Oh, and the ongoing goal for seven years has been that Kennedy will sleep by herself. All night. I will sleep a full 6 hours without interruption as well. So far...that goal hasn't been met. Sigh.

Jenny Schwartz said...

I love your five year plan, Maria. Fish/aquaponics sounds fascinating.

Me, I'm a recovering control trying not to have a five year plan :)

Angela Brown said...

Five year plan? Hmmmm...I'm still in recovery from the last five year plan I made. I'm just hoping to have completed "There-is-no-fool-proof-plan" rehab during the next five years, unless I relapse.

Jan Morrison said...

Hi - found you on the plan - I put my writing blog on the link but from my site you can link over to Living the Complicated Simple Life - which is about chickens and knitting and gardening and stuff! We're just in the process of culling our roosters. We don't like it at all. We say we're sending them to Kenmore Kamp but hey - we know what we're really doing. I found a home for one with a spare hen and if things go right, the other three will be given to someone who sells free-range chickens - he can have them - we like them to much to eat them! Arggh. We're keeping a black australorp rooster for our flock of six hens. We have (if nothing changes in the gender dept...) a black australorp gal, a golden-laced wyandotte, two silvers, and two rhode island reds. We love the australorps - we had one go broody a couple of flocks ago and raise us up some nice birds.
Now back to writing...

Heather said...

WOW! I thought your post was an excerpt from a novel you are writing set in the Pioneer Era...but it's your daily life, right? Holy cow, it sounds so foreign to me sitting here in my condo near the beach in sunny Southern California...foreign but super cool! I think I might be jealous...quieter, more peaceful, living among the earth with her seasons and rhythms...hmmmm...this fellow Campaigner has new dreams for tonight!

Maria Zannini said...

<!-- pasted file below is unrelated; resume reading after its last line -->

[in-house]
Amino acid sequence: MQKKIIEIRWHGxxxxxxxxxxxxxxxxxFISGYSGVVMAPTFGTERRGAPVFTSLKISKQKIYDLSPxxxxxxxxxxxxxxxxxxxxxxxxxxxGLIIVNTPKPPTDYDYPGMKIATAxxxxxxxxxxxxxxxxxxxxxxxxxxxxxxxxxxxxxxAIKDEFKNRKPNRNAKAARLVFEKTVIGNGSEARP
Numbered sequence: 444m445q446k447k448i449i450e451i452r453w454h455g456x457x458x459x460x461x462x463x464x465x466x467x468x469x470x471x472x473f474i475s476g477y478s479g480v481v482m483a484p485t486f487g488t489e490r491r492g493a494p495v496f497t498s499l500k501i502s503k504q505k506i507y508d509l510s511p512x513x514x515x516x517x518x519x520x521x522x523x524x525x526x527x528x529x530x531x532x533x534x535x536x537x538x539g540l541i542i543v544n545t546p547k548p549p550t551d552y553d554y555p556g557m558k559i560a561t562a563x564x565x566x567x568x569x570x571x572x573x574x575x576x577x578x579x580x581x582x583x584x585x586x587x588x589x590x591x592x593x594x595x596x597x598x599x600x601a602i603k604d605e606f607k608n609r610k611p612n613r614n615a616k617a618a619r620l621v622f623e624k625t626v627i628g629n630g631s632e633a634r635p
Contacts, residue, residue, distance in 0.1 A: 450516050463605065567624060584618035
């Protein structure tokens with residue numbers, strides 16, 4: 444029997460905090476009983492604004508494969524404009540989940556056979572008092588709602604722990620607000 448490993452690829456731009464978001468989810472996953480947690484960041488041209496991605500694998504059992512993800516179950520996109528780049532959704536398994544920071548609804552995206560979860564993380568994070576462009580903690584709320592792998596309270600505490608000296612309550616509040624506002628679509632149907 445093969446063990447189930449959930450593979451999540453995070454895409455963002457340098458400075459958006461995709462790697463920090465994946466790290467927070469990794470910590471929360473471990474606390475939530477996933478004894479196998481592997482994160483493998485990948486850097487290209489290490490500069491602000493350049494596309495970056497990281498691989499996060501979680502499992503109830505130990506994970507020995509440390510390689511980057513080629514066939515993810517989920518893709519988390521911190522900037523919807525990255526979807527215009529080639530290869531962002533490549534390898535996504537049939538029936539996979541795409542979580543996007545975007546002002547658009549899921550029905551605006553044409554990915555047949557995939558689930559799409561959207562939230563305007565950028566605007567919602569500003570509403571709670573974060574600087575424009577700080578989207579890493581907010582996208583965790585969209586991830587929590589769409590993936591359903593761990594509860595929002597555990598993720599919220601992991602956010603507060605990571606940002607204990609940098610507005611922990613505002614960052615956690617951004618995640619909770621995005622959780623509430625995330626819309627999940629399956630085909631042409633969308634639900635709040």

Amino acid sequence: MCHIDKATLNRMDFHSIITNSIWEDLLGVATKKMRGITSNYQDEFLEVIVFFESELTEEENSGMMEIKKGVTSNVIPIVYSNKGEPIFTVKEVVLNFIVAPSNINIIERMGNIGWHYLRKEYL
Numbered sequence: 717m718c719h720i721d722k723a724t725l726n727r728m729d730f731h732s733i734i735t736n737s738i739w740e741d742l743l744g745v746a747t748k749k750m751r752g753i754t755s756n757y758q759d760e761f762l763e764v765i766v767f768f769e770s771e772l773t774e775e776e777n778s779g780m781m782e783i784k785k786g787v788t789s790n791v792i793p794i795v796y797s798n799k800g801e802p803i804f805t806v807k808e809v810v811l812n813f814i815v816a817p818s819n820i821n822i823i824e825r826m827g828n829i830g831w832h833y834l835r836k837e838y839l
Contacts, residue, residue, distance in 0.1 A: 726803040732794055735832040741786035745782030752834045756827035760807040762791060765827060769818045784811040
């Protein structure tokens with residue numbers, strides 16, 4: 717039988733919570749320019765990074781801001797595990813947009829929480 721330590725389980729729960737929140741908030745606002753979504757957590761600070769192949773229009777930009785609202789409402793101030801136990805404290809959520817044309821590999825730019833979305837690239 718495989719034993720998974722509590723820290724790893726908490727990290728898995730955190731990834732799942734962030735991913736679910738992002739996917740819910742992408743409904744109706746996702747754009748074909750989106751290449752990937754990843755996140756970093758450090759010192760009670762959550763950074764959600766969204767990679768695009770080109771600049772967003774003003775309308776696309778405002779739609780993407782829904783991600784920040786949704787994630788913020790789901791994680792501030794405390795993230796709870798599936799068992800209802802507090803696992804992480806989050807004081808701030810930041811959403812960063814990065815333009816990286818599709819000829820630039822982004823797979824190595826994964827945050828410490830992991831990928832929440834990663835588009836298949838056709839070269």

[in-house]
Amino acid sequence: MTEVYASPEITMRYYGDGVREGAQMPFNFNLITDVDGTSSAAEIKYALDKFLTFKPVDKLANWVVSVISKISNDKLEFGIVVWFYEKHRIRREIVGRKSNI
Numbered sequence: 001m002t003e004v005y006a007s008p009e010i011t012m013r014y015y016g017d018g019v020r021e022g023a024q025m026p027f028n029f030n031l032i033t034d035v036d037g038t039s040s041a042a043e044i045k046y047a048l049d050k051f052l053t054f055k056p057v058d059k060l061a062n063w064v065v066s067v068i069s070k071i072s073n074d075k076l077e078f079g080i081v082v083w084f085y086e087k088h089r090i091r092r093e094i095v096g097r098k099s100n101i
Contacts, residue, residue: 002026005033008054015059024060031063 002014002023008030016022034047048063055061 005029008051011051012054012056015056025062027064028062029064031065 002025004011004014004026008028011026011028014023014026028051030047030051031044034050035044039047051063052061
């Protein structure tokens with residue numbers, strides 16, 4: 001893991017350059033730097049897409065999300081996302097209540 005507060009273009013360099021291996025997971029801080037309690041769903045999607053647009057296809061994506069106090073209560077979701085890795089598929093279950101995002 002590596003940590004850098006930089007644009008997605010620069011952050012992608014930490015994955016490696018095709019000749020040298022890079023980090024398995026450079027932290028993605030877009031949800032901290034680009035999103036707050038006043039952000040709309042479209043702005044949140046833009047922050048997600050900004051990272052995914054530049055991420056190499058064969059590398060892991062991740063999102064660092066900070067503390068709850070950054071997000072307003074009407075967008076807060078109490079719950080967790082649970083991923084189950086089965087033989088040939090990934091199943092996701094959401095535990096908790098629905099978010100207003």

Dru: I hope your five-year plan comes true.

Renee: I don't get too bent out of shape if something doesn't come to fruition. Chances are something better came along. (I hope)

Jenny: The older I get the shorter my time limits get. This might be my last 5 year stint.

Angela: Oh, lord. Nothing is fool-proof. I'm proof of that. LOL.

Jan: Hi, Jan. Nice to meet you. I will definitely be by before the weekend.

Heather: LOL! Yes, it's all real life here. We're city kids who got the homesteading bug and now we're living the dream. Thanks for stopping by. I'll be visiting soon.

Anonymous said...

I would love chickens and goats, and even a pig! But we have a tiny yard and I'm struggling for a decent garden. Have a small raised bed and will be adding another small one for next year. Hope to keep finding space. This year I trellised the cucumbers, I think everything should grow up! And I'm a little behind on the campaign hellos too, so HELOOO!

Linda Gray said...

Hi Maria, just dropping by to say hello as a fellow Campaigner (adult fiction group). Nice to meet you!

Elana Johnson said...

I'm glad there are people in the world who love animals. Sadly, I am not one of them--but I'm glad you are!

And I'm in your dystopian campaign group. :)

Maria Zannini said...

Jessica: Hiya! I'm slowly making my rounds myself.

Linda: Glad you could pop in. It's a little overwhelming, but I'm determined to visit everyone by the weekend.

Elana: My roosters probably don't think I was very nice. But I get your drift. :)

Enid Wilson said...

You are very full on! I prefer one year plan, 2 books a year and 2 holidays a year.

Every Savage Can Reproduce

Nadja Notariani said...

Hi Maria!

I'm stopping by via Raelyn's blog link. I, too, have chickens, so my interest was excited at once. Ha! My 'girls' have been laying two summers now. I've read that they usually lay about three-to-three-and-a-half years. I'm thinking of adding a separate (but connected by a door) area to our coop and starting some new chicks in the spring so as not to have laying interrupted. (I live in a city, so I have no roosters)

Love that you are an author, too! I honestly didn't think to meet another fellow author who keeps chickens...too funny! Have a great weekend. ~ Nadja

Maria Zannini said...

Enid: I'd ask for more holidays, but for some reason I work harder on them than regular work days.

Nadja: Nice to meet you--especially another chicken raiser/author. We ought to start a club. LOL.

We separated our coop like that so we could raise pure-breed chickens. We only separate them in the spring when we want to sell chicks though. The rest of the time they're free to roam the woods.

I'm so glad you stopped by. My computer has been giving me problems all weekend. Maybe now I can catch up on mail and comments.